needing a different bridge
Friday, January 10 2020
I felt much better at work today than I had yesterday. I had no gut problems at all aside from minor initial acid-reflux-type issue. I nipped that in the bud with a Pepto-Bismolesque tablet. I don't really like what Pepto-Bismol does to my feces (they become blacker, stinkier, and generally more messy), but the bismuth subsalicylate it contains works miracles on an uncomfortable digestive tract. My main medical problem today was a persistent light cough. With each of these coughs, a tiny sliver of phlegm would be chiseled from my trachea and flung into my mouth.
One of the founders (and erstwhile employee) of the company, D, visited the office today. He was an old codger who looked to be in his 70s, and eventually Alex introduced him to me. I'd heard stories about him, as well as his coworker and arch-nemesis (a man I'll refer to as J). They'd worked in a different time, when technology was slow and expensive and true relational databases didn't yet exist. They'd made some decisions that plague us to this day, but the fact remains that the stuff they'd built has worked for decades. I'd just learned that the database I'd been building would need to be much more complicated than I'd originally thought, and since D had played some role in the development of the old system I would be replacing, I bounced a few questions off him. He had a great sense of humor, though (confusingly) he tended to shake his head when he was in the process of agreeing. He was also fond of colorful, poetic expressions such as "darken the sky with airplanes."
This evening as I did my Friday commute home, some sort of traffic slowdown affected westbound Route 199 just west of River Road (less than a mile from the east abutment of the Kingston-Rhinecliff Bridge). I'd already cracked open my road beer (a Lagunitas Super Cluster Ale), so wasn't as cranky as this sort of thing normally makes me. It wasn't long before various emergency vehicles went tearing past in the now-empty east-bound lane. But still progress was somehow happening, and I made it to about the middle of the bridge before traffic stopped entirely, like in a Udaipur tuk-tuk traffic jam. Of course, had this been India, everyone going westbound would've immediately capitalized on that unused eastbound lane. Similar to in a tuk-tuk traffic jam, people started getting out of their cars to try to see what the hold up was. And at some point a police vehicle told something to the driver of a car two vehicles behind me that made that person turn around and abandon trying to cross the bridge. At times like this, a working Waze app would be nice, but I couldn't get a good cell signal, even though I was in a place that must've had line-of-sight to several cell towers. I also would've warned my co-workers, but our office has transitioned from Slack to Microsoft Teams, and I didn't have the app for that installed on my phone. (I'm finding it doesn't effectively notify people of new posts either, so communication in our Microsoftified office will be even more terrible than it already had been.)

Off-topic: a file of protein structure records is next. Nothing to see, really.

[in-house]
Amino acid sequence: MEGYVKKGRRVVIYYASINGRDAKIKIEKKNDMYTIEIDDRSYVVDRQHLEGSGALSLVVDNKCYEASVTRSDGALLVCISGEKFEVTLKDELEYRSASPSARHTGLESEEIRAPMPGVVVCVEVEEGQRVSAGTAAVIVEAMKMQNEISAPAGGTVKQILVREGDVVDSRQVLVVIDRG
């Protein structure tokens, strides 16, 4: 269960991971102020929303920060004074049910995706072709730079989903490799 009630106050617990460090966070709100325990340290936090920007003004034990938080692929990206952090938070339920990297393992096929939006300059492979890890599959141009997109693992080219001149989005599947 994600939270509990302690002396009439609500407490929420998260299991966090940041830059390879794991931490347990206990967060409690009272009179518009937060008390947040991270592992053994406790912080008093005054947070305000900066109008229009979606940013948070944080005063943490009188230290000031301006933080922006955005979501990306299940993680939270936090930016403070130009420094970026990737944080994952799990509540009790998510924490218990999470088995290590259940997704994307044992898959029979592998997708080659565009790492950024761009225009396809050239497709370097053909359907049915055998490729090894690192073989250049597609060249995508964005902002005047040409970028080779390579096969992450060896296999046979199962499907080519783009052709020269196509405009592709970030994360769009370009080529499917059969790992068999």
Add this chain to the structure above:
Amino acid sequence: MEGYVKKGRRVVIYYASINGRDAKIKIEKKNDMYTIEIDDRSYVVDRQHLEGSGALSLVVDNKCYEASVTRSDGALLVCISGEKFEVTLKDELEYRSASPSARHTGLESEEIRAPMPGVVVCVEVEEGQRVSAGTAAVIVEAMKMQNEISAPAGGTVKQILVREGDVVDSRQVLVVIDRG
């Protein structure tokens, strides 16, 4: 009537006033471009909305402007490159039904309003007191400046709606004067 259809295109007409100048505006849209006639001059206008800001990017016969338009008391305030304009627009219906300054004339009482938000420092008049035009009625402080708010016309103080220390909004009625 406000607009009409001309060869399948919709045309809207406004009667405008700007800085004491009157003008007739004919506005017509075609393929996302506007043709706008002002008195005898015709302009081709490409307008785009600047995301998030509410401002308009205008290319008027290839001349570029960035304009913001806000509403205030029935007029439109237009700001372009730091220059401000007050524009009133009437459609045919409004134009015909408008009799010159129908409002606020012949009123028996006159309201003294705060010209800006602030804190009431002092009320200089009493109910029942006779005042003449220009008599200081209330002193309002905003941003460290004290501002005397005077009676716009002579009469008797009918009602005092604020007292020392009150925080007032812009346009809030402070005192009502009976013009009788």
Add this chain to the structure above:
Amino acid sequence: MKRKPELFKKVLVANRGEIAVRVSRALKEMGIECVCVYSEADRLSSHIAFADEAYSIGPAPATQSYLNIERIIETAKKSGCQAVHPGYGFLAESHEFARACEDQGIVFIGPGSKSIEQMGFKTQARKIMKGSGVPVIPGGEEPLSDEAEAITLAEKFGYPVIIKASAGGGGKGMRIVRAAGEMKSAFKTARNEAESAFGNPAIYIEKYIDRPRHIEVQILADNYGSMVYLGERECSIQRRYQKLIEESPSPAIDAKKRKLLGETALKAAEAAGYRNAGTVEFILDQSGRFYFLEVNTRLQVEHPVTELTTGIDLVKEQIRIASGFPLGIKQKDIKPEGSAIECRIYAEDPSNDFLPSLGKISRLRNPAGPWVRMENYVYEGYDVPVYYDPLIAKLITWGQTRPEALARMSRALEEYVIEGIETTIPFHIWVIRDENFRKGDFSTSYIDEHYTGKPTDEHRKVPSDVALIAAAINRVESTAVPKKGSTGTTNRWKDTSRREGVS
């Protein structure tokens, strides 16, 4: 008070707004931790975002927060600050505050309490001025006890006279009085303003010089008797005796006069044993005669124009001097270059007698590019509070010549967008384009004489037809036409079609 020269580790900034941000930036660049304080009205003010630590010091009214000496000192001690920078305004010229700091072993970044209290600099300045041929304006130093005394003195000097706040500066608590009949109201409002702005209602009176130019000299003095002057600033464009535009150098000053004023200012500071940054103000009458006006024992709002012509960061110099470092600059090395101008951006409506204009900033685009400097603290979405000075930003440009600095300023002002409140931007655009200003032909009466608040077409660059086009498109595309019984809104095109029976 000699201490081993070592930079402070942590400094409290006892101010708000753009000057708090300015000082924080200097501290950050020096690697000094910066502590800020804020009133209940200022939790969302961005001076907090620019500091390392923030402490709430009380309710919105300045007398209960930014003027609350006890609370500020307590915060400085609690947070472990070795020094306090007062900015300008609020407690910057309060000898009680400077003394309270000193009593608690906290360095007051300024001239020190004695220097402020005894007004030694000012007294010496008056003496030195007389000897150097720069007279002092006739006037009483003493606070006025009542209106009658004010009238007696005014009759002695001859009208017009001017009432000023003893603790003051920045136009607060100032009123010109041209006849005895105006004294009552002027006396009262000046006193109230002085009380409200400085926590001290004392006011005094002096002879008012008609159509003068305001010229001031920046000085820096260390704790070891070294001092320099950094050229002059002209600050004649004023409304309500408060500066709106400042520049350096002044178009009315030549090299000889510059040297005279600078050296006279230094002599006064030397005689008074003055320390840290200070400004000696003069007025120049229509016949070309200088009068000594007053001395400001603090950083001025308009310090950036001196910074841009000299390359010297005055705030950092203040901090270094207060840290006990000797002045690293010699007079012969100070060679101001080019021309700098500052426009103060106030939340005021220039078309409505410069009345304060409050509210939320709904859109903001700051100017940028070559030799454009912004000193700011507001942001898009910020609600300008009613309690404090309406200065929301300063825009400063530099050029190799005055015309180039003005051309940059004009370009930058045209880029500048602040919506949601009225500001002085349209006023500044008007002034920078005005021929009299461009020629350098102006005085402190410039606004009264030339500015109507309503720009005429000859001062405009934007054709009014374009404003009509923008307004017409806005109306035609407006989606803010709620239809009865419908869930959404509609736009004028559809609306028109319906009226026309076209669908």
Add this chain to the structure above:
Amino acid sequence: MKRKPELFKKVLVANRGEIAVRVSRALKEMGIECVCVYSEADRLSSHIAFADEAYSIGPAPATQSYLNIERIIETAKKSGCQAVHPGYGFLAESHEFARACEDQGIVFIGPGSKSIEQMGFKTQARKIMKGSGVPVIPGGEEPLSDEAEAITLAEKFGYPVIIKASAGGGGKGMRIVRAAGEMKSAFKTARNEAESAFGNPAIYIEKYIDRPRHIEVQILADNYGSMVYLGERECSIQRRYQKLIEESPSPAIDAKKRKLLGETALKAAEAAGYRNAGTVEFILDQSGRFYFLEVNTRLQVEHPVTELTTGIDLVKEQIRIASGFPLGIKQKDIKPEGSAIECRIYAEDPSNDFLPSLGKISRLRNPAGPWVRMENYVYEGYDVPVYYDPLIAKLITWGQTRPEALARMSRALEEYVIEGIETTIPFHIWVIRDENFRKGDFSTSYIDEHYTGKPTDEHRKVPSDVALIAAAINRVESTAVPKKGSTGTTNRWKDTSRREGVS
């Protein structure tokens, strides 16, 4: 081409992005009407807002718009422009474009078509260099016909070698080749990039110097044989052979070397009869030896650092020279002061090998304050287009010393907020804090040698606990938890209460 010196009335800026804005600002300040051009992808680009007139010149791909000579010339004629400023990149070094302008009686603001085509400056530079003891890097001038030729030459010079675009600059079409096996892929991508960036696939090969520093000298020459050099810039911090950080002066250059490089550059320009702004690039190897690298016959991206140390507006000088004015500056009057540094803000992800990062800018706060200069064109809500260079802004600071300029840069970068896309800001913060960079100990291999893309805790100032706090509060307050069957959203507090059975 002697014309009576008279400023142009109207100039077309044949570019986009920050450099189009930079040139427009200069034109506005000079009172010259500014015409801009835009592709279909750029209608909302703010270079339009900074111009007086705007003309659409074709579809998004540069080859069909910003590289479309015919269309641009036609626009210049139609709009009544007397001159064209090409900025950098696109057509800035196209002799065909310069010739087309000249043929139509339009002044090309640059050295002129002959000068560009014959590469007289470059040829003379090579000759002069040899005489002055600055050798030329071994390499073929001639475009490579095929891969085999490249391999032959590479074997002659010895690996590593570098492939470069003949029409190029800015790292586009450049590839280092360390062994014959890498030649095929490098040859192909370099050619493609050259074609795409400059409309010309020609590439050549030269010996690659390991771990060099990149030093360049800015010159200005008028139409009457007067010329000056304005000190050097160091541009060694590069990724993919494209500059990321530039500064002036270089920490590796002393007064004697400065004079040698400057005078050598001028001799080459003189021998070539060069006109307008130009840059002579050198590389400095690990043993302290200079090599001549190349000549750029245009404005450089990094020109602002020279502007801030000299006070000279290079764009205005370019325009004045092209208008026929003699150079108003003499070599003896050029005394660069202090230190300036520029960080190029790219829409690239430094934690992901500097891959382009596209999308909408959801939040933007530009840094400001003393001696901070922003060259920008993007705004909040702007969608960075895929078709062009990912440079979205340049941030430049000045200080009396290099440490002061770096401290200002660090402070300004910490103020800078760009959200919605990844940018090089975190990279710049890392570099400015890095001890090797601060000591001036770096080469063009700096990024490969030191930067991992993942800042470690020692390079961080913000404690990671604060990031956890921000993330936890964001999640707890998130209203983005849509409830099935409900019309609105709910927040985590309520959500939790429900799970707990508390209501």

Eventually I got out of my Subaru, and some guy in a truck said the bridge was totally closed up ahead. I asked why he was still here waiting then, and he said he was a member of a volunteer fire department, which probably accounted for how he knew what the problem was.